Kayaking and kayak fishing are among the fastest-growing watersports activities, and with the arrival of summer weather and water conditions, now’s a great time to give “paddle fishing” a try. Once you launch a kayak with fishing in mind, you’ll see why it’s so popular: the easy access these adaptable boats offer—from vehicle to water and on the water itself—is incredible, allowing you to hook-up in places you could never reach from a conventional craft.
Any kayak can be used for fishing—and that goes for anywhere you choose to angle. I’ve seen traditional “sit-in” styles used in sweltering South Florida and “sit-on-tops” in the frigid conditions of Alaska, going against the common argument of using sit-on-tops for warm weather and the sit-inside styles for harsher environs.
The point is that you can use any style of kayak you happen to have available for fishing anywhere, anytime you want to. That said, many kayak fishermen prefer the sit-on-top (SOT) style. They are easy to get into and out of, you can swing around and fish side-saddle, and easily get to rods and gear stashed on the deck fore and aft.
If you don’t own a kayak, my advice is to try out several styles on the water before buying. Most dealers organize on-water demo sessions to allow potential customers to experience the boats before buying a particular style.
No matter what type of kayak you end up using for your first fishing forays, you’ll probably get hooked on the paddle-angling option and want to make the activity a little easier to enjoy. If that’s the case, you may want to add only a portable accessory or two that can be easily rigged and removed for use only during occasional fishing trips.
On the other hand, if you want to jump into kayak fishing with both feet, you’ll find plenty of aftermarket accessories available to feed your newfound fishing habit. As with any boat, it’s easy to go overboard when rigging a kayak into a fishing machine, so think about the options you will really need and use before going head over heels adding every bell and whistle on the market.
One piece of equipment that will do more to make angling easier from any kayak is a rod holder. My recommendation is a two-piece surface-mounted holder, often referred to as a “Robert’s style,” available from Scotty, Atwood, Cabela’s, RAM, and other sources. These portable holders feature a small base that is installed and left on the boat, flush-mounted and out of the way.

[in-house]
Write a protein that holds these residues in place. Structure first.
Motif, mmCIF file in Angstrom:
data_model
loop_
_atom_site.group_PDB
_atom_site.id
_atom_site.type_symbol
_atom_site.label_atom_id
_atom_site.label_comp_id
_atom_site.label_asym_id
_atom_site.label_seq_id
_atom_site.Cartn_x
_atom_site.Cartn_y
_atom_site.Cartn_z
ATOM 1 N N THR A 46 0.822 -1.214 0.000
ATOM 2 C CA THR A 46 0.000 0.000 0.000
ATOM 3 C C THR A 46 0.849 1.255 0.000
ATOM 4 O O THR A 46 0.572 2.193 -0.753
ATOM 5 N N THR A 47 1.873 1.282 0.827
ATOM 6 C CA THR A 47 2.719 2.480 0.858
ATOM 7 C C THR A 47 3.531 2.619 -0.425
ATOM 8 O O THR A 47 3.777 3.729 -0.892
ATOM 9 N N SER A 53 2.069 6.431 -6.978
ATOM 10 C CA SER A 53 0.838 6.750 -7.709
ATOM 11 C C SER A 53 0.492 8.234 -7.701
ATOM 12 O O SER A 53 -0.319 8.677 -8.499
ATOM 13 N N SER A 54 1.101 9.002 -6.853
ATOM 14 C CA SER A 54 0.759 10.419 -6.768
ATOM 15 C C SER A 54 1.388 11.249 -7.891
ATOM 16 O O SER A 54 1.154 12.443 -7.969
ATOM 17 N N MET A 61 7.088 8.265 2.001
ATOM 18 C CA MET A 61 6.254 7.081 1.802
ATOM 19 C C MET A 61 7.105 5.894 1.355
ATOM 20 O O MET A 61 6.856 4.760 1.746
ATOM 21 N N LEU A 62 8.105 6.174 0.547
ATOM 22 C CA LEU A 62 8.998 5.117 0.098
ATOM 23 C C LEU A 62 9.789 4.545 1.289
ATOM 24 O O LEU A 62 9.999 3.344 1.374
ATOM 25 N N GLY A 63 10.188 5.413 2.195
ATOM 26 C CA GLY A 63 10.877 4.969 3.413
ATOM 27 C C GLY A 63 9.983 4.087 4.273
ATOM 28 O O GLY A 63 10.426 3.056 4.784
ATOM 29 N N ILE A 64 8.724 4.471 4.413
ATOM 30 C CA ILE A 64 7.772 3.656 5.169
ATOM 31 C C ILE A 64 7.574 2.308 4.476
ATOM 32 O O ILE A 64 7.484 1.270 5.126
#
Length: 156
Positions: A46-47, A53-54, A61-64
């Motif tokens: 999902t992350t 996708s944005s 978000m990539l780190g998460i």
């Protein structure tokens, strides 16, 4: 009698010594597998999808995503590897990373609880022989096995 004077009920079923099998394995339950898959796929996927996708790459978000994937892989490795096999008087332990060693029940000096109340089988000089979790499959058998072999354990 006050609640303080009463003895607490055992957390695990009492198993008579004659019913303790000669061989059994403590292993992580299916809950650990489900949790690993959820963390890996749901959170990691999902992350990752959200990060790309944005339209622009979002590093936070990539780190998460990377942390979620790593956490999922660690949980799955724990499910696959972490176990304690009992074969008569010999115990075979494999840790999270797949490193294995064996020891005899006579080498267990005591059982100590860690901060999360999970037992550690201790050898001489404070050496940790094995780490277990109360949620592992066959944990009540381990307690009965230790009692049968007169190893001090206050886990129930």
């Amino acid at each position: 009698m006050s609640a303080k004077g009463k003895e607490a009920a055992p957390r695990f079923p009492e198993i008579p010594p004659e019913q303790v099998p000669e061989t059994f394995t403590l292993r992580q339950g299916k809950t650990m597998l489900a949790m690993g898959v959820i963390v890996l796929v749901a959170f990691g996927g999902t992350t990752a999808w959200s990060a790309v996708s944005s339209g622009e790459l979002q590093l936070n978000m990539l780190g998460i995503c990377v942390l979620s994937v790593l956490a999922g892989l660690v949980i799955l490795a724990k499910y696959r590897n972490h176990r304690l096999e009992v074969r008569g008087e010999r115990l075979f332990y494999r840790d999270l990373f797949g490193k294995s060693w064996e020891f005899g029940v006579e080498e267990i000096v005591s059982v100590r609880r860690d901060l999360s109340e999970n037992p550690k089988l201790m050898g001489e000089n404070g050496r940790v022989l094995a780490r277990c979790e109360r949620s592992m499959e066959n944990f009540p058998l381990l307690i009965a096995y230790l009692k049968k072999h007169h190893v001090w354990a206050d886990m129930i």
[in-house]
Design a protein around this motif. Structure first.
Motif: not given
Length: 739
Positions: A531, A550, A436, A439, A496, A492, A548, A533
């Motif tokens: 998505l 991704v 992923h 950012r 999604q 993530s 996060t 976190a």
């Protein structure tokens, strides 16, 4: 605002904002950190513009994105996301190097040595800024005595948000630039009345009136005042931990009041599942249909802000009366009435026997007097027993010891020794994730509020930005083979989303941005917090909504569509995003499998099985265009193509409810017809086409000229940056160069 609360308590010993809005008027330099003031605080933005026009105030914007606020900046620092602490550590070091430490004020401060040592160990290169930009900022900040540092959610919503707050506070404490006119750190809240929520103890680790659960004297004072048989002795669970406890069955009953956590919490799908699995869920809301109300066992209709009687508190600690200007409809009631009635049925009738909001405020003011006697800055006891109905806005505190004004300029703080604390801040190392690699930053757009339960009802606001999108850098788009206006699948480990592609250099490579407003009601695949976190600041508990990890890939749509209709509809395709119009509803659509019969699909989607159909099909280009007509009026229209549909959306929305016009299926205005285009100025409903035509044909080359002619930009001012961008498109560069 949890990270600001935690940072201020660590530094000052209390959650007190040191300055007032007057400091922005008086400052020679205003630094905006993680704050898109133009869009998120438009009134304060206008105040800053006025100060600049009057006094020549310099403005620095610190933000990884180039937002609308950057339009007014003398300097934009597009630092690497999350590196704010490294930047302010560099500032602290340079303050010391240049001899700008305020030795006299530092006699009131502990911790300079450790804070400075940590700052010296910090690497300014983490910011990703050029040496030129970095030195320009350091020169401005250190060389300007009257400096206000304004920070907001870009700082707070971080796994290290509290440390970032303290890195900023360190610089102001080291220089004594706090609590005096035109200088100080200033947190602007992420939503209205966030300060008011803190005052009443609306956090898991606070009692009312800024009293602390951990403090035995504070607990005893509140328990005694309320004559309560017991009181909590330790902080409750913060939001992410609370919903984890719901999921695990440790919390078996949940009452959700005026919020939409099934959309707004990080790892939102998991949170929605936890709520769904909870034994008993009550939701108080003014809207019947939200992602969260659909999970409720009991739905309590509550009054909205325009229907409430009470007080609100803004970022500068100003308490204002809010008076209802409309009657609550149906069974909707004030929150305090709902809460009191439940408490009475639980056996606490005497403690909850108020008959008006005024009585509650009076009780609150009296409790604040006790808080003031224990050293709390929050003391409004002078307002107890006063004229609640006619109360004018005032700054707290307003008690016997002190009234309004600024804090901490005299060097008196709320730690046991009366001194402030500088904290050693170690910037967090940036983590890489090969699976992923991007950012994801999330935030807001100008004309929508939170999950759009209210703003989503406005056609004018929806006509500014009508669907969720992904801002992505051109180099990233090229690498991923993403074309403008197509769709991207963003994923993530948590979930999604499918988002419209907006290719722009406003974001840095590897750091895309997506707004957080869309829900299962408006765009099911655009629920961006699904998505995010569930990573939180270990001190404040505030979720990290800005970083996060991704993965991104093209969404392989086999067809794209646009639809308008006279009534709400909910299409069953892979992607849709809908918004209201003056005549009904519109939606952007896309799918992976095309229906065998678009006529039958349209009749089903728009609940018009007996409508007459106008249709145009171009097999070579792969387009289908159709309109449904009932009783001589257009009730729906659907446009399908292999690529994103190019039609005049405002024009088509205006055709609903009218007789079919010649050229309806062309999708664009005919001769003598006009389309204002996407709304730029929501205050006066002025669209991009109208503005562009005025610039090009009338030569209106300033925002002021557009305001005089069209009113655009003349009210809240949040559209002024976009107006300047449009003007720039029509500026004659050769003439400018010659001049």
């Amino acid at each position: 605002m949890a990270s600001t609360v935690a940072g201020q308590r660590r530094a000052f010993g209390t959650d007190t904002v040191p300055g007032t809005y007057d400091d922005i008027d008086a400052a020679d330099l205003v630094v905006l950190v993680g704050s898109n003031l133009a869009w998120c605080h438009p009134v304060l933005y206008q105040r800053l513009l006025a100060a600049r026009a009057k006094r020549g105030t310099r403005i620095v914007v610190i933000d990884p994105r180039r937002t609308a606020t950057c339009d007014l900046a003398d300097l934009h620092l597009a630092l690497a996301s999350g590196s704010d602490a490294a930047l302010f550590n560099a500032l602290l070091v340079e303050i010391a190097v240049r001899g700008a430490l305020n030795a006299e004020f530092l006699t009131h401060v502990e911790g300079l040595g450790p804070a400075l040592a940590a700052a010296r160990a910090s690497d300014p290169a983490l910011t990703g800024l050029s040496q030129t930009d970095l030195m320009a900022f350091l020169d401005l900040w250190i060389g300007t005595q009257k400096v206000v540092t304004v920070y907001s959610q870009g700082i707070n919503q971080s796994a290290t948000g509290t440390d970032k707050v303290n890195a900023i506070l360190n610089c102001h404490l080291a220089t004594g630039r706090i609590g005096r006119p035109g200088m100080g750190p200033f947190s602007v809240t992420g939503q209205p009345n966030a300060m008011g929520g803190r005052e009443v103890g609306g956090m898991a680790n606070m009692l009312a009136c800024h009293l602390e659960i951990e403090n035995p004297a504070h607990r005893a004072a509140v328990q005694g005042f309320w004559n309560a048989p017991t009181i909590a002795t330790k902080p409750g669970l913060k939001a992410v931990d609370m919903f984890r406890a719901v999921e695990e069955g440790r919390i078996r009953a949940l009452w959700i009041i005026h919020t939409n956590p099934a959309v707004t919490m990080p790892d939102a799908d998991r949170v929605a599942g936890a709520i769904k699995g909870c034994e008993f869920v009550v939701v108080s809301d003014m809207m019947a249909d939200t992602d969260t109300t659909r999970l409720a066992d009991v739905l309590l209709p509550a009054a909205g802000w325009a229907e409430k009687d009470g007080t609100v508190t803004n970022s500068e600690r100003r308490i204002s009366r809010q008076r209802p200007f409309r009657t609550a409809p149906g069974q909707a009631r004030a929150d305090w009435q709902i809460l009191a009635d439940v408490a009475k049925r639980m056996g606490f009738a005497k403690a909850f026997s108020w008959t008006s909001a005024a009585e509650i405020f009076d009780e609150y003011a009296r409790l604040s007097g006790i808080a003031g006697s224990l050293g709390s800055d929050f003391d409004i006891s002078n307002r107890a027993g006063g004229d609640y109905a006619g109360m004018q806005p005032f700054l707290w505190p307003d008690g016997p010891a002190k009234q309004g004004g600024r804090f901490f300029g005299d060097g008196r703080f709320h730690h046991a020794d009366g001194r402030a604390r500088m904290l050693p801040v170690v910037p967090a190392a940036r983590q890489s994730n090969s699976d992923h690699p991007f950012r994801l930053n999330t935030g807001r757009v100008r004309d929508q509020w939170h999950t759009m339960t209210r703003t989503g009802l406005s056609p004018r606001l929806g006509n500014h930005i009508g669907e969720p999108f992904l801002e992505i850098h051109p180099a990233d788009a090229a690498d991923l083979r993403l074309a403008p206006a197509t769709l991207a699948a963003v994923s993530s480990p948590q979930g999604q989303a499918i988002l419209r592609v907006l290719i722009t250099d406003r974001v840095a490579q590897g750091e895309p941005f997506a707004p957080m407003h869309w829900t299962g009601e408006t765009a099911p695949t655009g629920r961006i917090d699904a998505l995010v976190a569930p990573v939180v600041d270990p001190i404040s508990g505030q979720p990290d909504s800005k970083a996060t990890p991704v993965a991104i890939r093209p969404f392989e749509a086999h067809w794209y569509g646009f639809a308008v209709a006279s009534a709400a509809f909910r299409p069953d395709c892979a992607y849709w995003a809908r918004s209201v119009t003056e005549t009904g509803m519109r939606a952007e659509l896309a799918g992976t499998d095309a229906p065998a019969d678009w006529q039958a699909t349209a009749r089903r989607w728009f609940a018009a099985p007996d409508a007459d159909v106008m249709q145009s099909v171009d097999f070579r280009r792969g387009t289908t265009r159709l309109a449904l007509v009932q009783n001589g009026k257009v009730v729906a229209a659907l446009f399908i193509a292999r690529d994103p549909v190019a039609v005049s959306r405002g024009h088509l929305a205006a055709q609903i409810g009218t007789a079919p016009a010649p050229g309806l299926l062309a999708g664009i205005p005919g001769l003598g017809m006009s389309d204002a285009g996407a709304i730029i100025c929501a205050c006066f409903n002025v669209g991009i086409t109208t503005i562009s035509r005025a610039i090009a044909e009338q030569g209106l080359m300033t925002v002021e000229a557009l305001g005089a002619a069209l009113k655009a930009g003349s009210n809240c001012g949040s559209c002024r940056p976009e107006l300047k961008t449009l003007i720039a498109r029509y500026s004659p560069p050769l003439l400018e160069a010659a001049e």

The holder itself, which is slipped into the base and cradles the fishing rod’s butt section in a tube, can be stashed and out of the way when not needed. When in place for fishing, the tube section can be rotated and its angle adjusted and temporarily fixed in a variety of positions to hold the rod in a particular position. The multi-positioning feature allows the holder to serve as a secure, out-of-the way storage rack for the rod when paddling to and from the fishing grounds, and then adjusted to cradle the rod at an angle when trolling, for example. That infinite adjustment feature even allows kayaks that come with molded-in, flush-mount rod holders to benefit from the addition of the aftermarket models.
Once you have fished from a kayak fitted with a simple rod holder, you won’t want to be without the handy accessory. Other items you will want include a leash for your paddle, and it doesn’t hurt to have a tether for the rod and reel as well. A small box for tackle and a pair of needle-nosed pliers for pinching sinkers, cutting line and removing hooks round out the basic rigging gear required to make any kayak into a more efficient fishing craft. From there, the sky’s the limit.
Images by Dan Armitage